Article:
Geo-Note 2002-21

Geo-Note 2002-21

GEO 2002-21

Controls on Fluid Flow Systems in Northern Alberta as Related to MVT Mineralization: A Contribution to the Carbonate-Hosted Pb-Zn (MVT) Targeted Geoscience Initiative

Author(s) Adams, J.J. Eccles, D.R. Date 2003-09-01

Large-scale fluid migrations control the mobilization, transportation and mineralization events that form Mississippi Valley-type (MVT) lead-zinc ore districts within a basin. Therefore, an analysis of the favourable features and components that control fluid flow related to possible MVT mineralization in the Alberta portion of the Western Canada Sedimentary Basin allows for the delineation of high probability areas for exploration.

For northern Alberta, the potential flow mechanisms responsible for MVT mineralization are reviewed, and the literature about past and present flow systems is summarized. Definition of the regional hydrostratigraphic framework and associated permeability values show that, the Keg River Formation, Presqu'ile barrier complex and Grosmont Formation represent the most favourable conduits for MVT ore-forming fluids in northern Alberta. Within these more prospective rock packages, more localized conduits of focused fluid flow, such as faults, breccias, shear zones, structural highs or stratigraphically thick to thin zones, have been identified and evaluated in the context of prospectivity for MVT mineralization. Some examples include the Great Slave Lake Shear zone and the Peace River Peace River arch area where there are a large number of pre-Carboniferous faults. As well, along the south-eastern portion of the study area some large faults are also associated with local structural highs. Lithogeochemical analyses of basement rock, a potential source of MVT metals, show an area of coincident high Pb and Zn concentrations east of the Peace River Arch and south of the Great Slave Lake shear zone in the Ksituan region. Finally, mapping of formation water salinity in the Elk Point and Beaverhill Lake Groups identified high salinity water (>150 g/l C1)needed for metal-mobilization around the Peace River Arch in the Beaverhill Lake Group and along the edge of the Prairie Evaporite in the Elk Point.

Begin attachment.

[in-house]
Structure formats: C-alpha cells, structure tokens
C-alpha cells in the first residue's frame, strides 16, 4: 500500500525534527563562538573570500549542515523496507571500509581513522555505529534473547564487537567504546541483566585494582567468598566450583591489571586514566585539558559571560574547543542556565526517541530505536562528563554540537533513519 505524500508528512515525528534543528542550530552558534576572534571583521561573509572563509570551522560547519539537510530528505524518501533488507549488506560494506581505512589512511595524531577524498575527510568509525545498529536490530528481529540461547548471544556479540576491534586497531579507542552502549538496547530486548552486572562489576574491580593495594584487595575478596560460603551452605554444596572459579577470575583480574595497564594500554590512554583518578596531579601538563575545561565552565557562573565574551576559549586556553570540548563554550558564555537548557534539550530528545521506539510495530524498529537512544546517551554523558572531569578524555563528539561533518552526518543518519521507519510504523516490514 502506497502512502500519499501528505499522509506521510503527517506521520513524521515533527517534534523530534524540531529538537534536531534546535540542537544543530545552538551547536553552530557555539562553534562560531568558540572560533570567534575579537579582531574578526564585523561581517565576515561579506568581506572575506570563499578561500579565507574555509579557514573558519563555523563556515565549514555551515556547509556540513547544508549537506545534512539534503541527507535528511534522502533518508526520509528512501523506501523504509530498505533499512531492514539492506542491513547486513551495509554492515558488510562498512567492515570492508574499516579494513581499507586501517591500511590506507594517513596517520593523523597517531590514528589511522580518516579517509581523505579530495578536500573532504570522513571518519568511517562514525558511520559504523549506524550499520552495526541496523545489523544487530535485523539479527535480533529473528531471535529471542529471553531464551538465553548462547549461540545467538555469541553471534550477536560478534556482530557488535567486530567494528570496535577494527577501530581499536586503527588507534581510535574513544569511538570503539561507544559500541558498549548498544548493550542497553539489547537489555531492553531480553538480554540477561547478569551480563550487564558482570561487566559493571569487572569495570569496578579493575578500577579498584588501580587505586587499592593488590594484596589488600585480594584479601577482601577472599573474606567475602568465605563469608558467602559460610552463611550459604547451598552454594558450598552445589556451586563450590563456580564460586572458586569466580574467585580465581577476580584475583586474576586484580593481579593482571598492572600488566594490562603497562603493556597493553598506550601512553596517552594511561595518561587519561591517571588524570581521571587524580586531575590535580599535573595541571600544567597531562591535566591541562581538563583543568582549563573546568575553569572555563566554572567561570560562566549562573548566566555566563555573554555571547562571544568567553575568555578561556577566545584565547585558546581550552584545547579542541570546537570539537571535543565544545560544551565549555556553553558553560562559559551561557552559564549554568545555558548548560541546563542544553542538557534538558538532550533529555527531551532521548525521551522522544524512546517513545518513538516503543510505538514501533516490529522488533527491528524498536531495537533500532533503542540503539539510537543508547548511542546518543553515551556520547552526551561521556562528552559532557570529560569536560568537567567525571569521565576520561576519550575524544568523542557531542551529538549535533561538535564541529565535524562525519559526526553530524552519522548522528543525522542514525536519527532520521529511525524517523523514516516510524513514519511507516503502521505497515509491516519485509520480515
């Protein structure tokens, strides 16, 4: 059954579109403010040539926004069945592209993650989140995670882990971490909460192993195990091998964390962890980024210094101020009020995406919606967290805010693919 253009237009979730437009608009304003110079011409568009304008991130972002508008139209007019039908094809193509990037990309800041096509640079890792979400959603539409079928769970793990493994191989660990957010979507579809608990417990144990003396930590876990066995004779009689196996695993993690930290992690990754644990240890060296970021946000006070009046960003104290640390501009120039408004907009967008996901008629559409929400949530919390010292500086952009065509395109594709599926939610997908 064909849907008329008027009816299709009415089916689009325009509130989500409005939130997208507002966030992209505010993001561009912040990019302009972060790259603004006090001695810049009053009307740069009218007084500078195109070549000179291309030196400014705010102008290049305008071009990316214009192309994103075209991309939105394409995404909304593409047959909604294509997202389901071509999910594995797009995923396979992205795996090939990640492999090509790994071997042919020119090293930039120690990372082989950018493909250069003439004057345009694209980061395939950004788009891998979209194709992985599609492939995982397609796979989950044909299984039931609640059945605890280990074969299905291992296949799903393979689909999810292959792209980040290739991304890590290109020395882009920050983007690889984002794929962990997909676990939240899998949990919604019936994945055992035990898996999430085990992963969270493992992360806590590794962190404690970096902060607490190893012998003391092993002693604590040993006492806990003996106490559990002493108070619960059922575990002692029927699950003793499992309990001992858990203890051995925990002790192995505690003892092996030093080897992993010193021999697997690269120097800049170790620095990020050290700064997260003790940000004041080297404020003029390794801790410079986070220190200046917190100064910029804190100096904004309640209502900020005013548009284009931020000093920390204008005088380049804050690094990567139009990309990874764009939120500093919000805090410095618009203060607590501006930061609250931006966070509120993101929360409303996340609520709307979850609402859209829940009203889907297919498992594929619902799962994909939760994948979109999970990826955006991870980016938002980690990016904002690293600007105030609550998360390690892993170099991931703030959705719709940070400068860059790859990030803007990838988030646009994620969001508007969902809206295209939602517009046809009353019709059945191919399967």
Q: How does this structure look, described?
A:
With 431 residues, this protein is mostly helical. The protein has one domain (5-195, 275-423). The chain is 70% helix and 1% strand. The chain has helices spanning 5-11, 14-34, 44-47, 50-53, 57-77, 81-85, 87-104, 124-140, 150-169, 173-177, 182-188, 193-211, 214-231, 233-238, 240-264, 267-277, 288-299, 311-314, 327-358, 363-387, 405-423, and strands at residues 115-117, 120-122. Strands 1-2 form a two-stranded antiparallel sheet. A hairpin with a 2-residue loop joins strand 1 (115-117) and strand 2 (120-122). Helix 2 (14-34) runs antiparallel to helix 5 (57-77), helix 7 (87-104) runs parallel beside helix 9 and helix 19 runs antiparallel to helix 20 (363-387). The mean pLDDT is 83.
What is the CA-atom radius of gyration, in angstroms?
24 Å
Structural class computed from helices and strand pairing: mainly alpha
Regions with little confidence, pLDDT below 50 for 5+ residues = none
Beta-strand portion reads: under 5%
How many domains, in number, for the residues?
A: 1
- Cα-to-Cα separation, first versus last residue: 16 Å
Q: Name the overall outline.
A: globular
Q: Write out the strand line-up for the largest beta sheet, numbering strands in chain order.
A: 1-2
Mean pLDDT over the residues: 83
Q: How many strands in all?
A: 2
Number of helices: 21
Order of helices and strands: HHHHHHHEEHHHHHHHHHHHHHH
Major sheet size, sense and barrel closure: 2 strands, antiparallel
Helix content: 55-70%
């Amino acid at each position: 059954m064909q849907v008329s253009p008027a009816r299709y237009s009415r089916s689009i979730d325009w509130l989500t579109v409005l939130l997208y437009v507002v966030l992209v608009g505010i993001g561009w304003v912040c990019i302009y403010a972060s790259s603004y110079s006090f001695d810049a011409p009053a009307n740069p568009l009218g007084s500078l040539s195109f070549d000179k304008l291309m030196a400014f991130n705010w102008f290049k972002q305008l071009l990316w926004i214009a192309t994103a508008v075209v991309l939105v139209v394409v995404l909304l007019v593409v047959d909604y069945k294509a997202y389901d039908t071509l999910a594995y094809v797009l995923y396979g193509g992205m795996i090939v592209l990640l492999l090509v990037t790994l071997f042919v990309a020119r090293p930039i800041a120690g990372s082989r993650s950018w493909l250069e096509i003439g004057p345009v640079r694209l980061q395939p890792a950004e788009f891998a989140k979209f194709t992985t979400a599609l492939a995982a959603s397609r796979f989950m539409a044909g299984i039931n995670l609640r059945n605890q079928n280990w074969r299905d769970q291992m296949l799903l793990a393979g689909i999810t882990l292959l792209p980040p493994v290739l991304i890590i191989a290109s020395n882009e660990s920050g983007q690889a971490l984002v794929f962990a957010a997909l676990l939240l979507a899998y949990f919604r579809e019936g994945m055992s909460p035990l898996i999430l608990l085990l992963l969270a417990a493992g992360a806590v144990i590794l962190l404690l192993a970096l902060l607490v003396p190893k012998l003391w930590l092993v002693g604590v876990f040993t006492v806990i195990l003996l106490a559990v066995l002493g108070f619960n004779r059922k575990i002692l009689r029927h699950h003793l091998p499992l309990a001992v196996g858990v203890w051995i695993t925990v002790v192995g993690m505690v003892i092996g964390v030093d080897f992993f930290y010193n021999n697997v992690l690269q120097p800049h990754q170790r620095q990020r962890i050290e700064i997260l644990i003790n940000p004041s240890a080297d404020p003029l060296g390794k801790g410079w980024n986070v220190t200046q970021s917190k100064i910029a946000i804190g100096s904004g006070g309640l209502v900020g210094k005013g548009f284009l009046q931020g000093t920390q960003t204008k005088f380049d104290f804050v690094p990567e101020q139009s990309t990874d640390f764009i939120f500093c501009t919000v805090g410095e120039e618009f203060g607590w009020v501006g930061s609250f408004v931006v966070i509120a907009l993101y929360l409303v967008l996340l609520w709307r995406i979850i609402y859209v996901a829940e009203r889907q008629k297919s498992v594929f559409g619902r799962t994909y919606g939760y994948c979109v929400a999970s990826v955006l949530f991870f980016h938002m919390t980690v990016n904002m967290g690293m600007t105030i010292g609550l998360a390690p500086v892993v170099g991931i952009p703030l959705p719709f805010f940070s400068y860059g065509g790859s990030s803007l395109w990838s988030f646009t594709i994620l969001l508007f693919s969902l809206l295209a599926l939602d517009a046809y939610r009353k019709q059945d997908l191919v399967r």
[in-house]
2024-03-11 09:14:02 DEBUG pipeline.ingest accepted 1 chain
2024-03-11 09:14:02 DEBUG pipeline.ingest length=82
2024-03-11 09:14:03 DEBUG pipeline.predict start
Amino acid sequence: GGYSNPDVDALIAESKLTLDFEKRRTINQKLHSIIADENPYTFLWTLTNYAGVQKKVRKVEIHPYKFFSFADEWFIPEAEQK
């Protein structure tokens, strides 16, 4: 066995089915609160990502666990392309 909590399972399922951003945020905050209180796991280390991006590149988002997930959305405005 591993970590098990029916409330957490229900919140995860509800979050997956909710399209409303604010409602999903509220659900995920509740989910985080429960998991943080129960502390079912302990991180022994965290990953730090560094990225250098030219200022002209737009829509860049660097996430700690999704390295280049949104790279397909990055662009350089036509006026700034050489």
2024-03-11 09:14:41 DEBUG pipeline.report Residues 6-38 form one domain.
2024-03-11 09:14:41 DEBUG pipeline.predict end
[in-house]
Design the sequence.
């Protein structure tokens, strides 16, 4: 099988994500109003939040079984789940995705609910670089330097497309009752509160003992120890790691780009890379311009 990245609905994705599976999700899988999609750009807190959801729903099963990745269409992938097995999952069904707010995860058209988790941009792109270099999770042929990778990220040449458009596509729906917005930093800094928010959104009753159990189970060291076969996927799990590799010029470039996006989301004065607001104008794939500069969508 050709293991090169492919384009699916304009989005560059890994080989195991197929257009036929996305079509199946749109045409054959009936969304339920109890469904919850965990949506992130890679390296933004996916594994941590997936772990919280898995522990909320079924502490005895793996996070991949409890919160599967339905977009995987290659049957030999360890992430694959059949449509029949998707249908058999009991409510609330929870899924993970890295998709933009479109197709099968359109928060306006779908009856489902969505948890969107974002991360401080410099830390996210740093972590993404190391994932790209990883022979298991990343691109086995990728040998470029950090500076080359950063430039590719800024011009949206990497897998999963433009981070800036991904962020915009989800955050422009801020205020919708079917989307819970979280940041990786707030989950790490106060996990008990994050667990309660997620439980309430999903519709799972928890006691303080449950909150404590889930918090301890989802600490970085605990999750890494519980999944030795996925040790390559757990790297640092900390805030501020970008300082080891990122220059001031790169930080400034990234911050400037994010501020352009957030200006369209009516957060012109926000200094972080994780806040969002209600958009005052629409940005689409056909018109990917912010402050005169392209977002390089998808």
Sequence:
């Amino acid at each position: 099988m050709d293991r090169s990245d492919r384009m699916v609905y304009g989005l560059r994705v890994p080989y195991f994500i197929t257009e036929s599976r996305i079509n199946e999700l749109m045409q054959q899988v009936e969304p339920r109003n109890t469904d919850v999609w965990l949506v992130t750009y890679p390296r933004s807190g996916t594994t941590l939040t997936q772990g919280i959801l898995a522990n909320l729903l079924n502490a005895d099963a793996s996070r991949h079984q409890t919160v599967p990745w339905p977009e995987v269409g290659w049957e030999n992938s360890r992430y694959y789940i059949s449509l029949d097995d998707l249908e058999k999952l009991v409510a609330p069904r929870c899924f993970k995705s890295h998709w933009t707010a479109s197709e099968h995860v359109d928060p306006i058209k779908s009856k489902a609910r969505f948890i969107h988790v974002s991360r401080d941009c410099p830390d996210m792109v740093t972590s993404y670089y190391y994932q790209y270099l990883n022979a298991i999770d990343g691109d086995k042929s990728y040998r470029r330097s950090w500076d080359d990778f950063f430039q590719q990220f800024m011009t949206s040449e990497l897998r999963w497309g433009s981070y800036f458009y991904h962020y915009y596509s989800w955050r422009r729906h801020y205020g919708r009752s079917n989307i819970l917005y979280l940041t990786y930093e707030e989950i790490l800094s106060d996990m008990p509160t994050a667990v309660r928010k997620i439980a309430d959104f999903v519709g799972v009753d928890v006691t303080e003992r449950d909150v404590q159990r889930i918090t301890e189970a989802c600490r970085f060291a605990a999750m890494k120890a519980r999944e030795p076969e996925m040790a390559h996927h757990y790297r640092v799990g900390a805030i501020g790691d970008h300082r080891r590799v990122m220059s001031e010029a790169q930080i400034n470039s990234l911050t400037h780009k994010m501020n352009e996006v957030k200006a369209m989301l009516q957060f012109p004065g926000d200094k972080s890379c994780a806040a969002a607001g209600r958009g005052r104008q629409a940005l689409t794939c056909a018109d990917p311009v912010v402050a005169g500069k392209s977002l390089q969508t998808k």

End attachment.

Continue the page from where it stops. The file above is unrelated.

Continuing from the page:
In conclusion, investigation of hydraulic heterogeneities, formation water salinity and metal sources suggests that around the Peace River Arch, along the Great Slave Lake Shear zone, between 118� and 116�W and at the margin of the basin, between 56.5� and 57.5�N would be good target areas for MVT exploration in northern Alberta.

Adams, J.J. and Eccles, D.R. (2003): Controls on fluid flow systems in northern Alberta as related to MVT mineralization: a contribution to the carbonate-hosted Pb-Zn (MVT) targeted geoscience initiative; Alberta Energy and Utilities Board, EUB/AGS Geo-Note 2002-21, 62 p.